We drove here from Tarifa and parked our car outside the border after seeing the long line of cars. I'm glad we did. Driving your car into the city is not recommended as you can wait up to three hours in the queue for passport control. We had no such issues going in on foot. We parked on La Linea Street which is inexpensive pay and display parking. Because it is a British overseas territory you'll need to show passports at two spots along the way and on the way out.

To walk across you'll have to cross an airport runway. We had to wait about 15 minutes since a plane was landing. Once it passed it was interesting, to say the least, to walk the runway and over the border. As soon as you cross you'll see the traditional red telephone booths and signs for fish and chips. I couldn't get enough.

From here we went straight up to the top of the rock. Go early as possible to avoid crowds and lines. DO NOT take a cab up. They will tell you that it's easier or that you'll be “packed in the gondola like a sardine.” I found just the opposite to be true. A cab ride is double the price and doesn't take you to the very top. Plus the cable car ride was very lovely and we were immediately greeted with monkeys upon our exit at the top.

The Barbary Macaque monkeys were brought here (or maybe hopped on a boat) from Morocco to this very spot. You won't find them anywhere else in Spain, or England for that matter. Be careful as they might look cute but you're instructed not to feed or touch them. They are incredibly smart. One jumped right on top of Michael's back and unzipped his backpack's zipper. I wish I caught this on camera but we were trying to get the monkey off and our stuff back since he quickly started rifling through! One of the most memorable experiences I'll have to date.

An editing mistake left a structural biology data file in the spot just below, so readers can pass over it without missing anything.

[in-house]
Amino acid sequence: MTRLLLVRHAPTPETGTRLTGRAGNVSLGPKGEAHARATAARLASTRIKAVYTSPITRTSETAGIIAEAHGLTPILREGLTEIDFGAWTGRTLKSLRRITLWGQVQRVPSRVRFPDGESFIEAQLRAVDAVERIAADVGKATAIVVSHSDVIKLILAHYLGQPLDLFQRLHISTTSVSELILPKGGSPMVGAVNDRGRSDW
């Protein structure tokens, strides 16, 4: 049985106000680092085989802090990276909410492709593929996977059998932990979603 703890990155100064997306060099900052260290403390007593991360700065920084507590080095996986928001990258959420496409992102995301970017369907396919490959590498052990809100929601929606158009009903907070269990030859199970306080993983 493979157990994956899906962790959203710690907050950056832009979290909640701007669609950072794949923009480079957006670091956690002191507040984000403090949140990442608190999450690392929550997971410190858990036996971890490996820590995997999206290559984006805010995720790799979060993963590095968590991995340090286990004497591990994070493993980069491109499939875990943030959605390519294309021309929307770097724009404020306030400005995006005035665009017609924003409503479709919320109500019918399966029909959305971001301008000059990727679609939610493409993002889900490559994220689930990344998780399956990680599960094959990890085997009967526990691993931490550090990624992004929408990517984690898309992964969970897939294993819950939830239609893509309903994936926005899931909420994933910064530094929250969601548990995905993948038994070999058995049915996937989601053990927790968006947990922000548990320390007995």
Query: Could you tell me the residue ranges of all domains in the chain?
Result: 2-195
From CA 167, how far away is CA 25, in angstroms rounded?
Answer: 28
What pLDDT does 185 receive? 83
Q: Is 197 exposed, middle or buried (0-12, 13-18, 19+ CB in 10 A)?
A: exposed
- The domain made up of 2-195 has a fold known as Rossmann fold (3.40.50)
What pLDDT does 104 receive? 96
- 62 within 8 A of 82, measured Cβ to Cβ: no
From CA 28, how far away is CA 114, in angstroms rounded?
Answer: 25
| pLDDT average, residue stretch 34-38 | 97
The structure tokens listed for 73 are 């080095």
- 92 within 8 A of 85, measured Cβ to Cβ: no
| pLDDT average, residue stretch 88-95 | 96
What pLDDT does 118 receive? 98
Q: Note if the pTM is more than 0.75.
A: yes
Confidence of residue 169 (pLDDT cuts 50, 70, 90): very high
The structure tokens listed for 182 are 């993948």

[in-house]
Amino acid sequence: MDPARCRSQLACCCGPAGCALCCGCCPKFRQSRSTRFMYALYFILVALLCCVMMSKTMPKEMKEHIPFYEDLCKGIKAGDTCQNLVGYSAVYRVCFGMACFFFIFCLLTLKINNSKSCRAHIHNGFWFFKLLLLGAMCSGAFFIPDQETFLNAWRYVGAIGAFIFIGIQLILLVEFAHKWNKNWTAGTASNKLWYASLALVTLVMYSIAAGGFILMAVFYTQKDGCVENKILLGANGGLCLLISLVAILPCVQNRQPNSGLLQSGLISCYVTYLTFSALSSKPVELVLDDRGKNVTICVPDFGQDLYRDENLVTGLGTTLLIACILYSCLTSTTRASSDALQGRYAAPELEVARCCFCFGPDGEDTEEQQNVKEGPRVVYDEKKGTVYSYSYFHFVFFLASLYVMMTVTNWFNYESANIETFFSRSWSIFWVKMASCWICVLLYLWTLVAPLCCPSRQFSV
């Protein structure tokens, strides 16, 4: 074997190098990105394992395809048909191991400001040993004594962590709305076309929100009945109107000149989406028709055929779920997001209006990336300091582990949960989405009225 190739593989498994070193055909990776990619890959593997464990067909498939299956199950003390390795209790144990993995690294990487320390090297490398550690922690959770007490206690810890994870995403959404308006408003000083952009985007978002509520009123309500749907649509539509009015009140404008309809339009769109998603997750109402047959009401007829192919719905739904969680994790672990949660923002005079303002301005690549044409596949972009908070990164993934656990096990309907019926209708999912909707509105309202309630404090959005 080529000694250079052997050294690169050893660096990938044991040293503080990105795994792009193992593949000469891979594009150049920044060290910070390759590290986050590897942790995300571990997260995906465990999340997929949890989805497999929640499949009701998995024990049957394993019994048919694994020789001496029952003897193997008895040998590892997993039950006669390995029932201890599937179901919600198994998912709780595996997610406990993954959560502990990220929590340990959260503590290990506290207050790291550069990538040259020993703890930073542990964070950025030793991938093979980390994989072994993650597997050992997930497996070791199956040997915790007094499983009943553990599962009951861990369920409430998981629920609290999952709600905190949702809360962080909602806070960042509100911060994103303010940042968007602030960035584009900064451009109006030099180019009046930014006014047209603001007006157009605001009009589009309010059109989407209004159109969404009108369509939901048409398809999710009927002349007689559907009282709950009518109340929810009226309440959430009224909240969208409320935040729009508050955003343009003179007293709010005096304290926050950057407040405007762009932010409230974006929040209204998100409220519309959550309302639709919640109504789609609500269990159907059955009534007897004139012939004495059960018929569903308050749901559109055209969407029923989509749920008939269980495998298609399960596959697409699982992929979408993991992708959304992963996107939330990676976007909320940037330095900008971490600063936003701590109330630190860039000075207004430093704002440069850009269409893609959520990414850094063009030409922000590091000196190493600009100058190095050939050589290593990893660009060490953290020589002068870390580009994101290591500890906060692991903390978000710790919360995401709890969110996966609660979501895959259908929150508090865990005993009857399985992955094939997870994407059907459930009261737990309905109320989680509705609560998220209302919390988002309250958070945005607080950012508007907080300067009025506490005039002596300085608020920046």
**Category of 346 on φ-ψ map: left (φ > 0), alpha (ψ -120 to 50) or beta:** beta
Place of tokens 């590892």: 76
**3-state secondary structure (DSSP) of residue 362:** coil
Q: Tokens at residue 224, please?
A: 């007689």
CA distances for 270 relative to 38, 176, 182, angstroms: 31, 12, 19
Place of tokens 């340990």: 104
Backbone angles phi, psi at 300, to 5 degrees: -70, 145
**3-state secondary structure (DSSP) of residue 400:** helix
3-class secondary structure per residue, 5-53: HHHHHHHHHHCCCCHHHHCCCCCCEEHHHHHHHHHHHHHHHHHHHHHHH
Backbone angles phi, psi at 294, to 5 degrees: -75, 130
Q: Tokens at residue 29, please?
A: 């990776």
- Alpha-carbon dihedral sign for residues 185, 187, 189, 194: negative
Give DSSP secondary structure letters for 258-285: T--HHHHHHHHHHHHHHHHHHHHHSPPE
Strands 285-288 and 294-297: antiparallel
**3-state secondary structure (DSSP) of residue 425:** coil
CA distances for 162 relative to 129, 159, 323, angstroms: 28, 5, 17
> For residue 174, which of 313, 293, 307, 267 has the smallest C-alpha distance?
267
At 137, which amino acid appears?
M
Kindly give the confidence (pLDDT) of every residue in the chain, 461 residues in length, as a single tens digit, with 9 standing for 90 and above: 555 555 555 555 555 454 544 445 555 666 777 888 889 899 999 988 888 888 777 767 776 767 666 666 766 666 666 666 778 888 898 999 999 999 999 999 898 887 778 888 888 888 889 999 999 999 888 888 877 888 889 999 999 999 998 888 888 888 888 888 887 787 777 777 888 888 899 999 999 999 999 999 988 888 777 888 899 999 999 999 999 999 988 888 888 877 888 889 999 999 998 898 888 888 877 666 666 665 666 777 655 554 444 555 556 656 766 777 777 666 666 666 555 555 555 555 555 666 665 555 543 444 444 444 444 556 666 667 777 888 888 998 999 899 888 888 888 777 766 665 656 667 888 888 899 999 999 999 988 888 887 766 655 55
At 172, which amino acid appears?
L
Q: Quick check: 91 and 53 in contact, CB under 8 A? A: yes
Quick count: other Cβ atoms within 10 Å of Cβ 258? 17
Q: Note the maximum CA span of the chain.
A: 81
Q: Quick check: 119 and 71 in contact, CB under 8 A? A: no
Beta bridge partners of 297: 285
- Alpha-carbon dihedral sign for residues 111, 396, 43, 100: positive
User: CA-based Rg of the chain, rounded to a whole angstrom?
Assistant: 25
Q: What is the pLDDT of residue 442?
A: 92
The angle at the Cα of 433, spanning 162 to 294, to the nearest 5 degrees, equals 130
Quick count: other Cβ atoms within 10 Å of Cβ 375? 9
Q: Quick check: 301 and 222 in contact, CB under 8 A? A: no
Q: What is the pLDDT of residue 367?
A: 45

After you get your fill of the monkeys, take a walk around. Over 30,000 British soldiers were stationed on the Rock for World War II. There are many fortresses and bunkers. From here you can keep walking to the viewpoint that's made of glass. Just be careful, when I was there they were fixing a crack below my feet!

One of the top attractions is St. Michael's Cave which is a network of limestone caves with stalactites and stalagmites jutting out from every corner. It's a different experience as there are multicolored lights displayed throughout and sometimes they have shows in here.

You only need a day in Gibraltar but you can walk around the town and grab some British cuisine on your way out. The “solid as a rock” Gibraltar is definitely worth the side trip.

Planning Your Andalusian Trip

Where to stay

Where you stay can make or break your trip. I believe in staying somewhere centrally located, especially on a tight schedule like this, so you can ensure you make the most of your time. Throughout this trip we stayed in the absolutely exceptional Preferred Hotels. What I love so much about these hotels is that you know, without a doubt, that you're getting quality when it comes to your hotel. This can always be tricky when it comes to picking a place to stay and you can rest at ease with Preferred Hotels.

In Malaga we stayed in Vincci Selección Posada Del Patio where I was immediately struck by the elegance and ambiance of this hotel. You'll find art displayed throughout the hotel by local artists that is rotated  every two months. But one of the coolest aspects is the glass floor which reveals the ruins found and unearthed on behalf of the hotel itself!

The room is clean and sophisticated with dual sinks and luxurious linens. Hotel Vincci is located very close to the heart of the old town and the quiet patios lend to enchanting views. We were greeted with a lovely gift basket filled with my favorite treat: Diet Coke. It also came with a Malaga specialty: the sweet wine.

I've been to a lot of hotels in my day and the breakfast at Hotel Vincci was one of the best I've ever had. Not only was there a plethora of meats, including Iberian ham, there was fruit, bread, meat, drinks, traditional Andalusian offerings, and even a menu (included!) where you can order steaming omelets or pancakes. I recommend the sinfully delicious waffle drizzled with caramel sauce.